At 59p, Lloyds Banking Group (LSE: LLOY) shares are on a forecast price-to-earnings multiple of only eight, way below the FTSE 100‘s long-term average of around 14.
Forecast dividend yields stand at 5.6% for 2019, rising to 5.9% for 2020. That’s no good if they’re not adequately covered by forecast earnings, but at Lloyds we’re looking at cover of around two times, and I see that as plenty good enough.
But if Lloyds shares are such a screaming buy, surely everyone should be able to see it and, well, the valuation would be a lot higher and they wouldn’t be such a screaming buy?
So what do I think I know that the market doesn’t? Well, obviously, nothing, but it’s all about how we individually assess what’s known.
The bear case
To try to evaluate the Lloyds share price fairly, it pays to put aside any optimism we might feel and look at the opinions of those who don’t share it. So what are the risks at Lloyds? The obvious big one is Brexit, but I’ll set that aside for now and look at what else there is.
My Motley Fool colleague Royston Wild is bearish on the prospects for Lloyds, and I think he explains the downside well.
One inescapable fact is that the economic environment we’re currently in is nowhere near as attractive for banks as it was a decade ago, even without the concerns of Brexit. Banks do best when interest rates are up and lending is strong, giving them more margin over base rates and higher lending levels generally.
As Royston points out, economic growth is slowing across the world and central banks have been cutting base rates for years in an attempt to create stimulus. If we were seeing signs of any economic boost as a result, the outlook for the banks would be more attractive. But we’re not, and pressure on base rates is still downwards.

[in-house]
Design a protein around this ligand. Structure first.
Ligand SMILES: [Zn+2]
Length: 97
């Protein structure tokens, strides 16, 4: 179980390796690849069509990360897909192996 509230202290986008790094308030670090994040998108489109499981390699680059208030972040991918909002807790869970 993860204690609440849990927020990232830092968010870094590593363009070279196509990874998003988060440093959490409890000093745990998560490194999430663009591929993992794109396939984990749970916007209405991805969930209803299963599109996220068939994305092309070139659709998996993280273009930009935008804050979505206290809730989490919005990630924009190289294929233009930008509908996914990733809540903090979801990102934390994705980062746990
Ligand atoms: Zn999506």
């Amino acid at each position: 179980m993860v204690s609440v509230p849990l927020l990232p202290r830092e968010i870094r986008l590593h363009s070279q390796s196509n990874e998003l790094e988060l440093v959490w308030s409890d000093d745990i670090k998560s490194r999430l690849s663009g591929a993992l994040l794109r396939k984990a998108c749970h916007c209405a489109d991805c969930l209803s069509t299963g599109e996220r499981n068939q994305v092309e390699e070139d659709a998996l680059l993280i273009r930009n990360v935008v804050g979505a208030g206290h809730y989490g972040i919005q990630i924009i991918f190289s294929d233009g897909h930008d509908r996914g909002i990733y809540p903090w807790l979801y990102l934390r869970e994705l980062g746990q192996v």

The great banking crash disillusioned a lot of savers and borrowers, who no longer have the same faith in the big banks that they used to. That’s opened a big opportunity for the so-called challenger banks, and they’ve been slowly picking up market share. They don’t have the baggage that the big banks are carrying, and obviously aren’t losing billions in PPI compensation.
But, while I agree that these downsides are genuine and serious, the big drag on the Lloyds share price really is Brexit, as attested by the share price slump when the chances of Boris Johnson getting his ‘deal or no deal’ departure looked realistic, followed by a recovery when parliament made it clear he wasn’t going to have it so easy.
I’m increasingly convinced that there’s enough common sense in our politicians (difficult though that might be to accept at times) that we’ll not crash out of the EU without a deal. And if that’s finally, firmly, moved off the table, I think the Lloyds share price valuation would look considerably lower than it needs to be to compensate for the tough economic environment and the rising competition.
In tough times, I want to be invested in the big players, and I want to keep pocketing that fat Lloyds dividend.
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Alan Oscroft owns shares of Lloyds Banking Group. The Motley Fool UK has recommended Lloyds Banking Group. Views expressed on the companies mentioned in this article are those of the writer and therefore may differ from the official recommendations we make in our subscription services such as Share Advisor, Hidden Winners and Pro. Here at The Motley Fool we believe that considering a diverse range of insights makes us better investors.